A German Picturesque

Jason Schwartz, Author Knopf Publishing Group $21 (144p) ISBN 978-0-679-44332-2
Reading the 21 runelike stories that comprise Schwartz's debut collection is a bit like eavesdropping: you may not follow the conversation, but you'll certainly overhear something interesting. In these fragmentary, oblique vignettes, unnamed narrators mention mostly unnamed characters, and the relationships among the various theys, shes and hes are often unspecified. Replacing the structure of narrative are some of the pleasures of poetry: cadence, precise and suggestive details. Certain words--""curl,"" ""crease,"" ""hobble""--are almost fondled throughout. Others, such as ""veng,"" ""dath"" and ""pendill,"" to say nothing of ""the rall is toof,"" seem to be products of Schwartz's imagination. Grouped loosely around the themes of ancestors, boyhood and history, nearly all of these fictions, even those concerning an American childhood, evoke distant times and places, and often the narrators assume the manner of the historian, calling attention to artifacts (coins, manifests, tunics) and reminding us that the past can only be surmised. The title story opens: ""The goblet, to begin with."" It continues with descriptions of a flag, a confession, a will, a map. The heart of the tale lies in oblique references to a murder in an earlier century, and the possible massacre of a family. In the mysteriously titled ""Killies,"" maiden sisters holiday too peacefully in Spain. ""A Grammar"" records the sensations of a child in a sickroom. Often the quotidian surface of these stories is broken by a tragedy conveyed as an aside. Clearly this collection is not for those who want a take-charge narrator, but it may intrigue those who prefer their fiction through a glass darkly. (July)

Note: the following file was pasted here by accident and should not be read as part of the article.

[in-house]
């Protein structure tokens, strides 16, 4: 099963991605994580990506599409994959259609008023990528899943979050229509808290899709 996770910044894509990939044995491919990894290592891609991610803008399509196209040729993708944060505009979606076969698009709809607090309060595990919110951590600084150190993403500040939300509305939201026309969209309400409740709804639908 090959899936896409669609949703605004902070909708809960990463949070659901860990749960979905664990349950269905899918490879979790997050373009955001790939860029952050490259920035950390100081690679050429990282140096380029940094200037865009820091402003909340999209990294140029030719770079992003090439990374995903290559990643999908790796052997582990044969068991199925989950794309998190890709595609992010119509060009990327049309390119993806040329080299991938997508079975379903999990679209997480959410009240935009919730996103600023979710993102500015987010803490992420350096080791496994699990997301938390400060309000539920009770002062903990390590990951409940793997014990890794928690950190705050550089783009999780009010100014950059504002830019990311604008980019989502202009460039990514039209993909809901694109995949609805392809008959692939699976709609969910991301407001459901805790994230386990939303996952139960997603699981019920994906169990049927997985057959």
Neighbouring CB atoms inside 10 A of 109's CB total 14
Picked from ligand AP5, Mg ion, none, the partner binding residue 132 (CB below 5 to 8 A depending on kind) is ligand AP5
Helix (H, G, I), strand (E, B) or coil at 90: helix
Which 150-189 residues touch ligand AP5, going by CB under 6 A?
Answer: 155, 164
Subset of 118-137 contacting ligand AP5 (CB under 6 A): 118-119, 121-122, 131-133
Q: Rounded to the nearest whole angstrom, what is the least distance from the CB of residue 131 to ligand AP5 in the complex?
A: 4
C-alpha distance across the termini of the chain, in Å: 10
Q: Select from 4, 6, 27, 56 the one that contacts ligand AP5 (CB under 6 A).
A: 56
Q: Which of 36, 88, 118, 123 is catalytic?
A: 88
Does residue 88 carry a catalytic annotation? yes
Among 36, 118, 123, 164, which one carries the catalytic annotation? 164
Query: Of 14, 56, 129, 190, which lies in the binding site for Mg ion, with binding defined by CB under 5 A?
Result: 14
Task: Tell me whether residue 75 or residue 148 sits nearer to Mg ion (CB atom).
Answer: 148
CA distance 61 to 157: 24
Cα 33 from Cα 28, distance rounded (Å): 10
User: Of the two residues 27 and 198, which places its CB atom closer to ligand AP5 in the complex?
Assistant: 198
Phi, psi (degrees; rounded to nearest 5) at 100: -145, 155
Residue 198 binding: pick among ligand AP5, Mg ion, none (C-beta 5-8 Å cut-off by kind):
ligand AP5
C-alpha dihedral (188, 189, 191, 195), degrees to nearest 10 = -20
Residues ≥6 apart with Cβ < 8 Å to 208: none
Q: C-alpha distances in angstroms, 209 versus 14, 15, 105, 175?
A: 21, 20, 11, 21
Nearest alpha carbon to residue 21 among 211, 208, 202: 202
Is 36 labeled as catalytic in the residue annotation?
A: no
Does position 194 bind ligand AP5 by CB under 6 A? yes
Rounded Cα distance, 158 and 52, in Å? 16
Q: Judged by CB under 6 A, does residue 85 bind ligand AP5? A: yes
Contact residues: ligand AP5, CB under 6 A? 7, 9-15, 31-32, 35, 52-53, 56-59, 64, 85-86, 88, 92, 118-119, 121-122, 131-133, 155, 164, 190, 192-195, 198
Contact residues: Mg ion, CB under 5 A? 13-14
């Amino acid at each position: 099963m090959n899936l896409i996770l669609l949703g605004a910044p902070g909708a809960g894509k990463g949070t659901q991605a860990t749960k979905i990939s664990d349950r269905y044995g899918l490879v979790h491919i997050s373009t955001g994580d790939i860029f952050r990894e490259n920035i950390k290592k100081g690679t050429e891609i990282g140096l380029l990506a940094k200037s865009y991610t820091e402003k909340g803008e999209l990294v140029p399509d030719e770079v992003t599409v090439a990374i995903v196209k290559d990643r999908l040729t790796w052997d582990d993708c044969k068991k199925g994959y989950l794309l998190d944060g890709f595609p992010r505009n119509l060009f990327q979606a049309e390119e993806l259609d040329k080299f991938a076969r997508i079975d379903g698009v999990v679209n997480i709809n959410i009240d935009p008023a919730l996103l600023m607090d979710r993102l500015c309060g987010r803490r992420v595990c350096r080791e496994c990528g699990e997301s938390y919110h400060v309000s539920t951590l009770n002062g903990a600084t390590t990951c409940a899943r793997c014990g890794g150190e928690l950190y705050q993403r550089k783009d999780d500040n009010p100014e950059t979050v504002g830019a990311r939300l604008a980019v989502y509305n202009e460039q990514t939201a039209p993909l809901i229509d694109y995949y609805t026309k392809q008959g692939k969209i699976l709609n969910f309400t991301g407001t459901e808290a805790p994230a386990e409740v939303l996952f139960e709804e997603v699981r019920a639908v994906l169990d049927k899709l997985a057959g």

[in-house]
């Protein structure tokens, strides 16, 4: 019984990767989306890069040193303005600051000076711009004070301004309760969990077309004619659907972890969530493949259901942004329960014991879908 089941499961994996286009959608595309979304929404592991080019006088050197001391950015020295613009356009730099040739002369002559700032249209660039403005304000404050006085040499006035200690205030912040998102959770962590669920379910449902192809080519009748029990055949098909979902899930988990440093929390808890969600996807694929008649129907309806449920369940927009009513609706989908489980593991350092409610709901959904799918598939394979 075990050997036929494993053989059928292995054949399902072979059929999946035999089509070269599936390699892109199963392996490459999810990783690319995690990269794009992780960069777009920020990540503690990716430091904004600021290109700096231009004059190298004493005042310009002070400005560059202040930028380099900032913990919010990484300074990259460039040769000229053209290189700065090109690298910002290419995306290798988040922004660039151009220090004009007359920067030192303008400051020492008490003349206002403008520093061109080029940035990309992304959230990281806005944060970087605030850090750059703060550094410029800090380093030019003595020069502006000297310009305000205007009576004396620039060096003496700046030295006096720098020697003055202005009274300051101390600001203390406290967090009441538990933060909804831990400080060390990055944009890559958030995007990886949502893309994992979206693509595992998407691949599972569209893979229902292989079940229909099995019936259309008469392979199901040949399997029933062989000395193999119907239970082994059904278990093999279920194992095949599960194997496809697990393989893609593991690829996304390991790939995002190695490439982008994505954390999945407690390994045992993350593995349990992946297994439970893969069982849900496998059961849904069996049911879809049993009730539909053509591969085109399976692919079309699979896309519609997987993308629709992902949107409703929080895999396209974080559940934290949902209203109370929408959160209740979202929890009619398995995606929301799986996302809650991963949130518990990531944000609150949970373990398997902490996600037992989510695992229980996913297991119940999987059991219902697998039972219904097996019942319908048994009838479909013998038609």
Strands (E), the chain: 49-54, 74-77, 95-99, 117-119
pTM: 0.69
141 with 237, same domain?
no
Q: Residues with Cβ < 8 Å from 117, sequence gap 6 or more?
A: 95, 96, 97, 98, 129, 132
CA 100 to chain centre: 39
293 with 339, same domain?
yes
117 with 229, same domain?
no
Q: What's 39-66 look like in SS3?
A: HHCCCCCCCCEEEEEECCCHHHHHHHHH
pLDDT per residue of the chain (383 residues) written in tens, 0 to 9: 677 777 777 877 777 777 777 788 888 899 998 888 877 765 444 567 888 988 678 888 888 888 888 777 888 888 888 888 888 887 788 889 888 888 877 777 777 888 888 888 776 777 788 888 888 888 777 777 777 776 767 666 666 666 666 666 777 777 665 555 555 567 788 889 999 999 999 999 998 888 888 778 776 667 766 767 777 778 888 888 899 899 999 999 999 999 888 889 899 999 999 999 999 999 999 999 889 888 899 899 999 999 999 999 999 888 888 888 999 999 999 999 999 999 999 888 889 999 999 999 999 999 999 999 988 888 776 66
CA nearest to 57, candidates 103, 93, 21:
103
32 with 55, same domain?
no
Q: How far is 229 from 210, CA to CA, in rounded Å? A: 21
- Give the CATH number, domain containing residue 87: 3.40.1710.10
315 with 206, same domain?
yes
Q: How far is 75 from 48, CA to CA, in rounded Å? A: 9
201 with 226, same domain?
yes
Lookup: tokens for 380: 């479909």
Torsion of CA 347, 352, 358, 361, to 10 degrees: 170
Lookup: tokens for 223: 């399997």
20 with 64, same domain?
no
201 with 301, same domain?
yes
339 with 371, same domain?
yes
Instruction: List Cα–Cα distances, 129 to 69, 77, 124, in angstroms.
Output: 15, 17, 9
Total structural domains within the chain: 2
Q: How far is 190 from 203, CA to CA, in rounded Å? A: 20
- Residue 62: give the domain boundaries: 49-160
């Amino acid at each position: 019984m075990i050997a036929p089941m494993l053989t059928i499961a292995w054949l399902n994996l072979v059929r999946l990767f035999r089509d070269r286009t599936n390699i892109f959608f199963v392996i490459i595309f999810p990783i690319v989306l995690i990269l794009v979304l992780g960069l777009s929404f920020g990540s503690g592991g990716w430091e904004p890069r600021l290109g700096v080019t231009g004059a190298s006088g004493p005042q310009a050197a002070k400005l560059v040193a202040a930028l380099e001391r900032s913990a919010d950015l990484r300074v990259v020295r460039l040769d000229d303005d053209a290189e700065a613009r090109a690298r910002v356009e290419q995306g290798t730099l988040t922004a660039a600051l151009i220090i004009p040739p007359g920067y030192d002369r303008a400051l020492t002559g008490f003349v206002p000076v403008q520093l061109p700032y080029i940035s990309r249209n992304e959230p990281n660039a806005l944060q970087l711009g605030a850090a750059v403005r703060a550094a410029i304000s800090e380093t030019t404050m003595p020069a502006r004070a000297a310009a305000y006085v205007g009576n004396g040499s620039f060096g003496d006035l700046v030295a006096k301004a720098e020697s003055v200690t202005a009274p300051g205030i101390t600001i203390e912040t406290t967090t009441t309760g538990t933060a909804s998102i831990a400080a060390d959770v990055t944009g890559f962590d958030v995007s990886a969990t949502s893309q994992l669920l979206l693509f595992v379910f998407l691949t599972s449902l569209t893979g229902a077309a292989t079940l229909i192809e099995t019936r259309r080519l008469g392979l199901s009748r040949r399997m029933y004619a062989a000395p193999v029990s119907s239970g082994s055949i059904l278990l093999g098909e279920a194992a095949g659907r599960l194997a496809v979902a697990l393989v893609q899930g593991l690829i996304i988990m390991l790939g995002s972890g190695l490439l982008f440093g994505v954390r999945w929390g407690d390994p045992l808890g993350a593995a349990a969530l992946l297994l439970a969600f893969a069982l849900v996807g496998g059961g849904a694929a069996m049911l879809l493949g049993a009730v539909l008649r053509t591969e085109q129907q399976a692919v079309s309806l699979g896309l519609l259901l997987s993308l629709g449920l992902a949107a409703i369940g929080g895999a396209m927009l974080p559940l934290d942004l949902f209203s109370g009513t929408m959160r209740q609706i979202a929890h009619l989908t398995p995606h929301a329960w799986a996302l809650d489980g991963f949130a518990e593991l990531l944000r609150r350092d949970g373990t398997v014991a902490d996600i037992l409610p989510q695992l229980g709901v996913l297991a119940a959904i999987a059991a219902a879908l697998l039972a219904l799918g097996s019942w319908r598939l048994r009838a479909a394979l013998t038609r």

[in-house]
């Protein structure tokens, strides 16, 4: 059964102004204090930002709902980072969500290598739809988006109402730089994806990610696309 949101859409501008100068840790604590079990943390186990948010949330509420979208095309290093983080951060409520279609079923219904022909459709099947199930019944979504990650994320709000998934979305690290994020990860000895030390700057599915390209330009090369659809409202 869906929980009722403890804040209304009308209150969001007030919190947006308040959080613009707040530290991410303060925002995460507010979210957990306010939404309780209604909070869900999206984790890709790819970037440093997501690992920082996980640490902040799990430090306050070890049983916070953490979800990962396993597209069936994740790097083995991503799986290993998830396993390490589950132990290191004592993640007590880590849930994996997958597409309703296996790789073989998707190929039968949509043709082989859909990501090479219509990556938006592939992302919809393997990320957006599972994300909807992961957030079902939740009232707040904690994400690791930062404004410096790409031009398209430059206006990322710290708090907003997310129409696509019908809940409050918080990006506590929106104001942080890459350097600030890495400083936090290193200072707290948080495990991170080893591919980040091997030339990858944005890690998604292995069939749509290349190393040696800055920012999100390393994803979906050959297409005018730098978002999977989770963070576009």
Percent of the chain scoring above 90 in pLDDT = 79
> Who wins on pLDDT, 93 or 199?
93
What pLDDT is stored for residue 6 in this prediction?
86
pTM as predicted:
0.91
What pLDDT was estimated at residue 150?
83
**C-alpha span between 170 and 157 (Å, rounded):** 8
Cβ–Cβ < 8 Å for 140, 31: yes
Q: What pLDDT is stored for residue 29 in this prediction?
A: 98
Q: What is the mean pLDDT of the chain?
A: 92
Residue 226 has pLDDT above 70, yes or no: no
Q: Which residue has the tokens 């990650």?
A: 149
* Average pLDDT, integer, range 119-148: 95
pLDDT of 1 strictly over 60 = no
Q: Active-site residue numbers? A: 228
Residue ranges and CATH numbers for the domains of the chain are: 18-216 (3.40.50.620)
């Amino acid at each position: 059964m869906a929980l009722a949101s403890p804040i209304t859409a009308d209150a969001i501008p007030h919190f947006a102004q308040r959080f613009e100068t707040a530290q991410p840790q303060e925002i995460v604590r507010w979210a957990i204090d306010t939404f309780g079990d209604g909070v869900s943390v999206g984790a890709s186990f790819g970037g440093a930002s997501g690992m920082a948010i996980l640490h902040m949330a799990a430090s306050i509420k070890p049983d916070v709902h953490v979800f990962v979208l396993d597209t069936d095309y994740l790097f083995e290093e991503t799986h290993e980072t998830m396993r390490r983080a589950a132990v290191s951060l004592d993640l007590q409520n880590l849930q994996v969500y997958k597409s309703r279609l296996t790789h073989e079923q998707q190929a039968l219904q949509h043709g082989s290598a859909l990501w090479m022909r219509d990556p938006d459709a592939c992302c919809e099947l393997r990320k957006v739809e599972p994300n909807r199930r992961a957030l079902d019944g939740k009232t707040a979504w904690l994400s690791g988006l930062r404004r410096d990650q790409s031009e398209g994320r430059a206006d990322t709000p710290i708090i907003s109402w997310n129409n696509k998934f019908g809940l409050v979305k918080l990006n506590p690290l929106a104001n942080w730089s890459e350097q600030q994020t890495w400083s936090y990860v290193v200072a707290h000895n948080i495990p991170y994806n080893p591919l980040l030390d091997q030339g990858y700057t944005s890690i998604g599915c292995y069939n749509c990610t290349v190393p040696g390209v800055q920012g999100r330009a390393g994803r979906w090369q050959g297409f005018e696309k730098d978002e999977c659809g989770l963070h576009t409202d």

Reviewed on: 06/01/1998
Release date: 06/01/1998
Paperback - 141 pages - 978-1-940436-17-3
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